The Assessor is presumed to be correct in most appeal hearings. The burden is on the taxpayer to demonstrate that their opinion of value is correct. This is accomplished using one of three approved valuation methodologies, the cost approach, the market approach and the income approach. Many times having at least two approaches to value are necessary. Exceptions to the burden of proof are escape assessments, decline in value appeals for owner occupied single family residences and where the Assessor has not enrolled the purchase price of real property where the sale was determined to be an arms-length transaction.
We have an existing relationship with an out-of-state property tax consulting firm. Should we use ACS?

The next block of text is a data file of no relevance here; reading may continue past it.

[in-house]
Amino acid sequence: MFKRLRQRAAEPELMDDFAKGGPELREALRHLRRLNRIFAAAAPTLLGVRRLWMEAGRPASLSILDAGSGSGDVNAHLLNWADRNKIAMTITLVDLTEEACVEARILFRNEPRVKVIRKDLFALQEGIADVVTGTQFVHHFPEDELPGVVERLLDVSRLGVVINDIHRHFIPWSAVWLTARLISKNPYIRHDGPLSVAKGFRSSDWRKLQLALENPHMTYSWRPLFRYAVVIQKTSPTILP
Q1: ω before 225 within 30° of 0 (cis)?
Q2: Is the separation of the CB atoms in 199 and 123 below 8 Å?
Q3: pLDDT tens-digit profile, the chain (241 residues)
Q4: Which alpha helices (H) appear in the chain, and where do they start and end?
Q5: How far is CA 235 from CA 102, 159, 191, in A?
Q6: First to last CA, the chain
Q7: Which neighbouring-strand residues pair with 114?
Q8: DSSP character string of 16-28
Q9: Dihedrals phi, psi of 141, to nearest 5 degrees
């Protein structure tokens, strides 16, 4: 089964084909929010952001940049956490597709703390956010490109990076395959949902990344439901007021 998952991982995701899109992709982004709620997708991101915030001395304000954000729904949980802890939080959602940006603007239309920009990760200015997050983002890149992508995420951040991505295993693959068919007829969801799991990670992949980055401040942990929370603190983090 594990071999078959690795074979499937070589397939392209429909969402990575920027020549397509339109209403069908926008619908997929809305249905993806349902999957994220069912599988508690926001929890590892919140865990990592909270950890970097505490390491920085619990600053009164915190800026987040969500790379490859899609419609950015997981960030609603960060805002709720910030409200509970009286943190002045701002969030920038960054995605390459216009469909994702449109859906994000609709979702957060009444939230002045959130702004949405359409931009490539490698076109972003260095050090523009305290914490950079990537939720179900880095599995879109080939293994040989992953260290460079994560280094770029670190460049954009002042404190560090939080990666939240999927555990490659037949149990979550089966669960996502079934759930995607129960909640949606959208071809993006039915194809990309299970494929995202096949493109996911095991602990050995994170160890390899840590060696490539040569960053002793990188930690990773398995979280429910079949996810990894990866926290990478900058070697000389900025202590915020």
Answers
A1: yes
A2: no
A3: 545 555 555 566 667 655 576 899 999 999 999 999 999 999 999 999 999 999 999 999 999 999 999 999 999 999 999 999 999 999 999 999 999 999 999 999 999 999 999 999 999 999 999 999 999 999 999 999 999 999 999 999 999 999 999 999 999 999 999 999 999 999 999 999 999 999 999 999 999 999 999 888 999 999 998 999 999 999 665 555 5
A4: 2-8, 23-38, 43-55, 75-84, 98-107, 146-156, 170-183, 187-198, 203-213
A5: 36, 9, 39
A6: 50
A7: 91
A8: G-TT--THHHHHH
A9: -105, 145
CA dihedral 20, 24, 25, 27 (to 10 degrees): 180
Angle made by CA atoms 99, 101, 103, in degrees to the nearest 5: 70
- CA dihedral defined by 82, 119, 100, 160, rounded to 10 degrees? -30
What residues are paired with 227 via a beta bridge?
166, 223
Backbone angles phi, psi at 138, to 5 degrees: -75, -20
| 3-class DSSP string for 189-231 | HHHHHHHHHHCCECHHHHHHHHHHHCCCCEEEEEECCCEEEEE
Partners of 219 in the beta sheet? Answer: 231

California property taxes are unique due to Proposition 13. Unless the firm has a solid understanding of the rules and regulations concerning California property taxes you may not be getting the refunds you are owed. ACS only represents taxpayers in California. We have expertise around the state in the various counties and are a respected organization in the eyes of the Assessor’s Office. We know the law, we know the procedure and we know many of the personnel in the various Assessors’ Offices. We have a history of working with clients who have had out-of-state firms representing them. The key is being successful. That is where ACS excels.
How does ACS get compensated?
ACS works on either an hourly or contingency fee basis. On the hourly basis, we bill for our time and expenses. Win or lose, ACS earns its fees just like any other professional. On a contingency fee basis, ACS is compensated based upon a percentage of the tax savings/refunds. We are willing to discuss our fee structure on a case-by-case basis.